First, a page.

As shown in FIG. 7, the inside covering 55 of the shielded wire 50 extends from an end of the housing 47, a male terminal 86 is crimp connected to a core (not shown) within the covering 55 and a circuit (not shown) of the equipment side is connected to the male terminal 86. The boss 62 at the end of the housing 47 is fitted in the hole 56 of the equipment wall 44 and the packing 54 is closely pressed onto the inner circumference of the hole 56. Since the boss 62 is engaged in the hole 56, the single housing wall 48 is sufficient enough to securely hold the connector 41 onto the equipment wall 44.

Without using the packing 53 and the packing stopper 57, only a packing 54 such as O-ring around the outer circumference of the boss 62 may be used. In FIG. 8, a ring-shaped opening 84 for a scrap to be collected therein may be provided by notching a circumference surface of the hole 63 of the housing wall 48 instead of notching the collar 45. The ring-shaped opening is also applicable to the collar 14 (FIG. 5) for the first example of the present invention. The collar 45 for the second example of the present invention may have no flange. The metal shield 42 may separately be assembled in the housing 47, instead of using the insert-molding method.

Patent Citations
Cited PatentFiling datePublication dateApplicantTitle
US5108296 *Jul 26, 1991Apr 28, 1992Daiichi Denso Buhin Co., Ltd.Mounting and grounding connectors for electrical components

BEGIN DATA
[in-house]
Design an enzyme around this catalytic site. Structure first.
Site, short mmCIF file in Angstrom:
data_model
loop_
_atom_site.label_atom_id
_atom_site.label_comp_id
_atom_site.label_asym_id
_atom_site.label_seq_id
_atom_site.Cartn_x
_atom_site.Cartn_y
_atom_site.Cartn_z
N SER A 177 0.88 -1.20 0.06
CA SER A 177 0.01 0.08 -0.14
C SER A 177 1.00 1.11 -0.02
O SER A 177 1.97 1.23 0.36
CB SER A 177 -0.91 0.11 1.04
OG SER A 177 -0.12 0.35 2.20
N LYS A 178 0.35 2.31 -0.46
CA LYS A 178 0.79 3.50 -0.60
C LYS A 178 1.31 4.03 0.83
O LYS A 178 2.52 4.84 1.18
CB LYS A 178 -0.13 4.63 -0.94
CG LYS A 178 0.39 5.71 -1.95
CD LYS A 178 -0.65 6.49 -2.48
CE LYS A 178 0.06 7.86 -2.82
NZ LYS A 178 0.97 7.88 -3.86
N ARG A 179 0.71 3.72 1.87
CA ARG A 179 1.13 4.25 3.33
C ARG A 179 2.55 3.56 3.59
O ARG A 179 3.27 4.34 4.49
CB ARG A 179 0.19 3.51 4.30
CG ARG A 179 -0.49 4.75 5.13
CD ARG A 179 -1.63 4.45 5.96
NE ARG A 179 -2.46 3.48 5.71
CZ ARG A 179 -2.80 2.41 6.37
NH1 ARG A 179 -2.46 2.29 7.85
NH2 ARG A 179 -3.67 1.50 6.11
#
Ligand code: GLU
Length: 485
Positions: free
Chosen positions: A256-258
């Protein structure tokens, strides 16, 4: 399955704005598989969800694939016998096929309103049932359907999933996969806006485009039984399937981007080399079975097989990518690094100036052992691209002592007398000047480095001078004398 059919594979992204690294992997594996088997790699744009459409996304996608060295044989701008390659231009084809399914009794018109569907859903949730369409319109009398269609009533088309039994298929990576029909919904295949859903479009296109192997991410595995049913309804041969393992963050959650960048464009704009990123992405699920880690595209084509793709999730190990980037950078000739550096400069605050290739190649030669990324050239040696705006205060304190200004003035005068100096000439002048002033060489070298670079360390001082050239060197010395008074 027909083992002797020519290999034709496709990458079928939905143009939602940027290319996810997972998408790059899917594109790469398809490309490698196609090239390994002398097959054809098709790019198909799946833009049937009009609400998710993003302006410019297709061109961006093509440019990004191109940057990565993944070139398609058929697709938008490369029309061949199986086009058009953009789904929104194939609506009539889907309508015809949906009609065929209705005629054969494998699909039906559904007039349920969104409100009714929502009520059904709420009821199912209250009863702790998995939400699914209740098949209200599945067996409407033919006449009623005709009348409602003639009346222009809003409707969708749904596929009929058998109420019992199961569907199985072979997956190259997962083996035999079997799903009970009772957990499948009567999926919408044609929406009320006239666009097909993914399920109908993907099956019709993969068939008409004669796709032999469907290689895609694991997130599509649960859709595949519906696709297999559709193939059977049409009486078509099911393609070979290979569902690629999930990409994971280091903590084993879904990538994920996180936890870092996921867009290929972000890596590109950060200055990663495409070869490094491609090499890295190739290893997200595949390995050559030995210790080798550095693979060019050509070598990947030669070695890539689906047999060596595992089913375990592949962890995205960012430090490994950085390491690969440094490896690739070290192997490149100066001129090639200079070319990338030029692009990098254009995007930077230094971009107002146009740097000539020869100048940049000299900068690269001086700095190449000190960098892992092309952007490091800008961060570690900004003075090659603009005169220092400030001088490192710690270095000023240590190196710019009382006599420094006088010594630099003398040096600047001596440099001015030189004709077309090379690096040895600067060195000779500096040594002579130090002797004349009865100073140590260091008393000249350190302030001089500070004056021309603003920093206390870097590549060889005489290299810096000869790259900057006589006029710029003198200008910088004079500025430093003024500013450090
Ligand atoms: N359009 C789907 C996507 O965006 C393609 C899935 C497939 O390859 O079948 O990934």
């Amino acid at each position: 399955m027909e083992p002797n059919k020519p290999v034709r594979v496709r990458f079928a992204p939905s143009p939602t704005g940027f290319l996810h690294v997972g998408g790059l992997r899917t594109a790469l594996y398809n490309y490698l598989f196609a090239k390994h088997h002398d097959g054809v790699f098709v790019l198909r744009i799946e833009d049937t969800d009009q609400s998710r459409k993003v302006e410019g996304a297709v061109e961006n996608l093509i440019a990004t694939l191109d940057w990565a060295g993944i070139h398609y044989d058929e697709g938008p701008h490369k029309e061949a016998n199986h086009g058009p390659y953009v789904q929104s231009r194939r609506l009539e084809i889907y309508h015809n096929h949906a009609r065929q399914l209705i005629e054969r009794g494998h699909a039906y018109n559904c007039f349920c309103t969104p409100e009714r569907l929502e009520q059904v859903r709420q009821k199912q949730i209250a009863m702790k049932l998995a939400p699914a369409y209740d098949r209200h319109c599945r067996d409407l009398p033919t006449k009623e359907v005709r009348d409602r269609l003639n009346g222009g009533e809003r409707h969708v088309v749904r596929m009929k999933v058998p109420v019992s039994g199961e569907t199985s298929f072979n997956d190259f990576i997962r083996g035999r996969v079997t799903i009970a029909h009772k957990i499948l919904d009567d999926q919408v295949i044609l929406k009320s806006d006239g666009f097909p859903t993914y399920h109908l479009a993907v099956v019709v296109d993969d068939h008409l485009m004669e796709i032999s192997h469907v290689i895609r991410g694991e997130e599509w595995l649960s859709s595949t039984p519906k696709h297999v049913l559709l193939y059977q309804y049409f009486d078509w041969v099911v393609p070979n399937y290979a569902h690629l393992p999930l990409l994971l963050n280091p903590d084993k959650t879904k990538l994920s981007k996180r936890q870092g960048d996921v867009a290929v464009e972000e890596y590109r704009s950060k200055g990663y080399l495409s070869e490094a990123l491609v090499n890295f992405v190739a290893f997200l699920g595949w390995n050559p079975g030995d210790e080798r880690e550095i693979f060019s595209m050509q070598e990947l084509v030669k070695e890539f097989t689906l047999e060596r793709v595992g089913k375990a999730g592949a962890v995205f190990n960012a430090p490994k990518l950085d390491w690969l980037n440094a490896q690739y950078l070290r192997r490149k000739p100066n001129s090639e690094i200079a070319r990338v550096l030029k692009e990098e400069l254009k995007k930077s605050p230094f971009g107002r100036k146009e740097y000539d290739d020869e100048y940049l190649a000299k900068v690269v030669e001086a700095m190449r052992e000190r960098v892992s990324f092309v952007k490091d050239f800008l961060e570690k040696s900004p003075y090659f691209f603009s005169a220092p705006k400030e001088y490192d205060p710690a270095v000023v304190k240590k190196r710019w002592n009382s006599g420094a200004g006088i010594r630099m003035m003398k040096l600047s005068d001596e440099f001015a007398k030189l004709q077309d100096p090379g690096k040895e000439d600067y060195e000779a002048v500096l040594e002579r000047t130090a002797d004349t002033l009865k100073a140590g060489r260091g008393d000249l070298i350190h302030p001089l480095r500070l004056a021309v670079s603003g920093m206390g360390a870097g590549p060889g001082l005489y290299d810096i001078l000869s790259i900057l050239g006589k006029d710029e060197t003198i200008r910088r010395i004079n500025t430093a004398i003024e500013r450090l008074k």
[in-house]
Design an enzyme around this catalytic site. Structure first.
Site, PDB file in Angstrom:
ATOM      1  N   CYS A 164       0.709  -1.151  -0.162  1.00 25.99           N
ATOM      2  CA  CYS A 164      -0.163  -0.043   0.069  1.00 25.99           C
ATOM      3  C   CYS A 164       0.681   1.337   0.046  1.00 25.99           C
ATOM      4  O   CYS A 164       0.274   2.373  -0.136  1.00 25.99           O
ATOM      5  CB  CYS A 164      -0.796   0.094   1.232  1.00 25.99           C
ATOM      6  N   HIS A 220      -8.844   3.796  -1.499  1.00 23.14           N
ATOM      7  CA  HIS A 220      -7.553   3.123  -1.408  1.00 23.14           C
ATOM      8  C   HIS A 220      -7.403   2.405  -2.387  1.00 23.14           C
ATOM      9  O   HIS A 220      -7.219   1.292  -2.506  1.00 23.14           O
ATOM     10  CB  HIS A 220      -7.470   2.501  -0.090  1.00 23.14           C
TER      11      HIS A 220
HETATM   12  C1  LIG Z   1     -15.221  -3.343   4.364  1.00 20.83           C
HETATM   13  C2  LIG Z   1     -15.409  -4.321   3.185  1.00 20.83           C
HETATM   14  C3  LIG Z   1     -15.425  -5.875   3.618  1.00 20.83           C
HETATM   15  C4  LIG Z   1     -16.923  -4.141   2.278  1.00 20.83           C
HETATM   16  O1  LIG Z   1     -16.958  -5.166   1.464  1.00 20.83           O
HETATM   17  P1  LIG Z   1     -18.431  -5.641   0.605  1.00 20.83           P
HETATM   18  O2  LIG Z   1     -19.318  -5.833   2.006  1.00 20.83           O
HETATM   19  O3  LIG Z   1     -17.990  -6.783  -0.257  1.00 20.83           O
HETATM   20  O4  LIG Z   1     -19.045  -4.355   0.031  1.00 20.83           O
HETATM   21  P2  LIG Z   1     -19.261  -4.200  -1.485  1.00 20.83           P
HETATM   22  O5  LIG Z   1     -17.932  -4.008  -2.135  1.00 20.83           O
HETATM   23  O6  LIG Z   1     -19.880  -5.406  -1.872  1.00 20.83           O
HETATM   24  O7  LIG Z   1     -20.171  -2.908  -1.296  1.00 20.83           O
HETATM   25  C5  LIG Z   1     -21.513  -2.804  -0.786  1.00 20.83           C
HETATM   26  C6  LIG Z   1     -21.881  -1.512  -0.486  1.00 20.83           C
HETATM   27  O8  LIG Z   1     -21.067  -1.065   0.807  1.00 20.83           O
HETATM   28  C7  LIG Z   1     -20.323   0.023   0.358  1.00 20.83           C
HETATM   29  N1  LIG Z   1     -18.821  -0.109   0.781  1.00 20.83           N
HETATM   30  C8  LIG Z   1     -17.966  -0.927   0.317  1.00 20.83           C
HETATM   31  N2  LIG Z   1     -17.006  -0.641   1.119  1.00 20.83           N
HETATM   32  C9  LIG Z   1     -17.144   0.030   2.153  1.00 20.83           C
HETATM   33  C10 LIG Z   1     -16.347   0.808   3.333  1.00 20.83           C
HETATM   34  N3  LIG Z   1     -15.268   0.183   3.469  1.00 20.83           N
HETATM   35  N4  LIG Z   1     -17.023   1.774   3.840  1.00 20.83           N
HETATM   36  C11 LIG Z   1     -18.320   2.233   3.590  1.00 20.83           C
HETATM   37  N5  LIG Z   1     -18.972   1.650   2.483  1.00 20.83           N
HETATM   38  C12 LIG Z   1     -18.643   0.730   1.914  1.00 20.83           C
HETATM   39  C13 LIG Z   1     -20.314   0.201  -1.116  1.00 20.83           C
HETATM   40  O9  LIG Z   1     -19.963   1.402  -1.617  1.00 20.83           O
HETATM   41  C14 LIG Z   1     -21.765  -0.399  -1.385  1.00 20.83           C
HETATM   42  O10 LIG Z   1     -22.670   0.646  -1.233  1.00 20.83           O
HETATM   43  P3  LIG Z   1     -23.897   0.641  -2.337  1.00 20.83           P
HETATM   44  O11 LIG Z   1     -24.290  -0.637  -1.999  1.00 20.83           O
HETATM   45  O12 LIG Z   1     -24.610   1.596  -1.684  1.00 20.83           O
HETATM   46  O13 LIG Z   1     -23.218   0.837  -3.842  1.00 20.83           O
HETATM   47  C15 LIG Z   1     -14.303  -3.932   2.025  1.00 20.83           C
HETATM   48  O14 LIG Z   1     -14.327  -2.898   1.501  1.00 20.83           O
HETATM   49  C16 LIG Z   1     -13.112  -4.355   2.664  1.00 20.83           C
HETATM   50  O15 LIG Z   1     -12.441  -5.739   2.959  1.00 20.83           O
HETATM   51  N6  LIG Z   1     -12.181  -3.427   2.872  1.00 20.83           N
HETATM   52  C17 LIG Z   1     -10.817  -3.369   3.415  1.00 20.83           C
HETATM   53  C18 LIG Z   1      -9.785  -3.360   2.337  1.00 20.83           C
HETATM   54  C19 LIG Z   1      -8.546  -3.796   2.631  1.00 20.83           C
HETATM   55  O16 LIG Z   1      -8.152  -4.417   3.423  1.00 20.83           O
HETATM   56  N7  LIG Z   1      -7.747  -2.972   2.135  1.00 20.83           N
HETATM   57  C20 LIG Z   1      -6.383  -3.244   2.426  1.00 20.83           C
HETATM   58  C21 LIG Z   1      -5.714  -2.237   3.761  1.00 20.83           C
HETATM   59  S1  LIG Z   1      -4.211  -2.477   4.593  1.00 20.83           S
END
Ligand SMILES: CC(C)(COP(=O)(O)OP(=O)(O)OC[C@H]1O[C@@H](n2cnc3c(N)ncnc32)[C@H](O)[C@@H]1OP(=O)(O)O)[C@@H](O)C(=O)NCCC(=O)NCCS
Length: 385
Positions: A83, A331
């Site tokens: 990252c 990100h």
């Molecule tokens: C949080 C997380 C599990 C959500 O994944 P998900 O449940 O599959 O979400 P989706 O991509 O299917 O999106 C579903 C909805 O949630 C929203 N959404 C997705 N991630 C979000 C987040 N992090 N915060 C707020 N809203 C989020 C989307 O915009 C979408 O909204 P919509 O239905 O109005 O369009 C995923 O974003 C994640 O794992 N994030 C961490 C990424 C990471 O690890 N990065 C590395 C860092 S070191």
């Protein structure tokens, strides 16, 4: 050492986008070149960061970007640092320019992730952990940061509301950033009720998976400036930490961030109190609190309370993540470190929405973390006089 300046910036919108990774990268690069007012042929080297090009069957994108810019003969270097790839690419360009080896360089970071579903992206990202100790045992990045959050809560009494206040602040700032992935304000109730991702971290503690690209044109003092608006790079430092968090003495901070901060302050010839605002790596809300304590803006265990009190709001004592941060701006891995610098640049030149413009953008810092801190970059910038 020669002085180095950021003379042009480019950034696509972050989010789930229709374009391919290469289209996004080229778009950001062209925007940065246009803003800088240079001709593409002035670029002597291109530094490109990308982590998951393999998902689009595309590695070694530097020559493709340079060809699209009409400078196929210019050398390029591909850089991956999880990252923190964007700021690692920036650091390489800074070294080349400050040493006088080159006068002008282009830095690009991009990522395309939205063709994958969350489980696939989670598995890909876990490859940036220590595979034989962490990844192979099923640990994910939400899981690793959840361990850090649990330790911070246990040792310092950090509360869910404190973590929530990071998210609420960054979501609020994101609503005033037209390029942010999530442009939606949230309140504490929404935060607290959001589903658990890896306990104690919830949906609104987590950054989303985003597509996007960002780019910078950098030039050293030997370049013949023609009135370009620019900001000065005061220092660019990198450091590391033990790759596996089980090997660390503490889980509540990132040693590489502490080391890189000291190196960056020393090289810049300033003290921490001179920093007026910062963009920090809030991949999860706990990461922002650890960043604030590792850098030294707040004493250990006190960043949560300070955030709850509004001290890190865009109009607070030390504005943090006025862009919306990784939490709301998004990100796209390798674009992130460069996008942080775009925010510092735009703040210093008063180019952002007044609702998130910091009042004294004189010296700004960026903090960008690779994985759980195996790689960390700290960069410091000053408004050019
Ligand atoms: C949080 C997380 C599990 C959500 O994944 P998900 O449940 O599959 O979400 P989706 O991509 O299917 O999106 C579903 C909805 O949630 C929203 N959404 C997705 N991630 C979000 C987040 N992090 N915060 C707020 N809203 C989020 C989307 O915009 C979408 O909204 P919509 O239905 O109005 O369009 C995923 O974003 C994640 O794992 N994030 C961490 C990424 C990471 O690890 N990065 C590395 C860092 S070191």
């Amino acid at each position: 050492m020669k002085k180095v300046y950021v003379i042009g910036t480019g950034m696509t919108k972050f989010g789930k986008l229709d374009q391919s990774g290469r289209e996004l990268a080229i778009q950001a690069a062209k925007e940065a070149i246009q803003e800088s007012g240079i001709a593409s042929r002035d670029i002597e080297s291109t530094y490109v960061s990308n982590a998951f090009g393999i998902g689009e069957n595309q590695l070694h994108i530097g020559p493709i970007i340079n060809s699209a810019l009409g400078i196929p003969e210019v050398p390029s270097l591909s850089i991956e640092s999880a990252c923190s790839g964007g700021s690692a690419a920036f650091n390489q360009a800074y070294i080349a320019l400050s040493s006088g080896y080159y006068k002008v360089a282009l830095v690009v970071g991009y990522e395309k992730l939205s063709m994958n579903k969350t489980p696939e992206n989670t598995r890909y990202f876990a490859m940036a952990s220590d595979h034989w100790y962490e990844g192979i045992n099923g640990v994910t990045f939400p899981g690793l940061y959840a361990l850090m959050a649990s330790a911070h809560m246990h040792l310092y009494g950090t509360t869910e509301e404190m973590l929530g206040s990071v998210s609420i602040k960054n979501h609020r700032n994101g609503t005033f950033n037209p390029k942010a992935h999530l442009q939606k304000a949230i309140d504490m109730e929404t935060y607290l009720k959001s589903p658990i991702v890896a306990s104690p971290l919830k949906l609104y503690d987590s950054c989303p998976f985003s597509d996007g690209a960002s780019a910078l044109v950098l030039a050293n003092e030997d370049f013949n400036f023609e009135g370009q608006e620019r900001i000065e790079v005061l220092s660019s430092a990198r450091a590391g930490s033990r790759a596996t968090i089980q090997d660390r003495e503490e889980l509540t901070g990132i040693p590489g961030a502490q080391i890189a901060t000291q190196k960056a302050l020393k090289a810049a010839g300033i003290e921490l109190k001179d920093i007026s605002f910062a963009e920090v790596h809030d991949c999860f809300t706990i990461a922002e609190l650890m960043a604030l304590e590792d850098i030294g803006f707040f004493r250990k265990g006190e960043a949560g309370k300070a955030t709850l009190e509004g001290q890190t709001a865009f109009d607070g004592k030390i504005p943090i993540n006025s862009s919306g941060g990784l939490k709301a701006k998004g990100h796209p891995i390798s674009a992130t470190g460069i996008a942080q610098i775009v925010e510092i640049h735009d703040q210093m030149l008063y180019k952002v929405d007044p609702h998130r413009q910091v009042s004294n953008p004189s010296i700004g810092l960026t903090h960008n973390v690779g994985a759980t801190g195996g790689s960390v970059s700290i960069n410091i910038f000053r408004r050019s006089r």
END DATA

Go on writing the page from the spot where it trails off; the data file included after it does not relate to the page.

US5616052 *May 10, 1995Apr 1, 1997Hon Hai Precision Ind. Co., Ltd.Screw mounting kit for use within connector
US6149463 *Dec 8, 1998Nov 21, 2000Yazaki CorporationShielded connector for direct installation for device
USRE29752 *May 5, 1976Sep 5, 1978Harvey Hubbell, IncorporatedGrounding clip for electrical fixtures
JPH0864306A Title not available
Referenced by
Citing PatentFiling datePublication dateApplicantTitle
US6784368 *Apr 18, 2001Aug 31, 2004Toyota Jidosha Kabushiki KaishaShield connection structure of cable
US8292665Mar 9, 2009Oct 23, 2012Sumuto S.R.L.Power supply connector
WO2009112218A2 *Mar 9, 2009Sep 17, 2009Sumoto S.R.L.Power supply connector
Classifications
U.S. Classification439/97, 439/939, 439/607.01
International ClassificationH01R9/18, H01R4/34, H01R13/648, H01R4/64, H01R4/38
Cooperative ClassificationY10S439/939, H01R4/64, H01R9/18, H01R4/34
European ClassificationH01R4/64, H01R4/34
Legal Events
DateCodeEventDescription
May 15, 2013FPAYFee payment
Year of fee payment: 12
May 13, 2009FPAYFee payment
Year of fee payment: 8
May 17, 2005FPAYFee payment
Year of fee payment: 4
Jan 19, 2000ASAssignment
Owner name: YAZAKI CORPORATION, JAPAN
Free format text: ASSIGNMENT OF ASSIGNORS INTEREST;ASSIGNORS:MORI, SHIGEO;MASUDA, SATOKI;HASHIZAWA, SHIGEMI;REEL/FRAME:010515/0480
Effective date: 20000113
Owner name: YAZAKI CORPORATION 4-28, MITA 1-CHOME MINATO-KU, T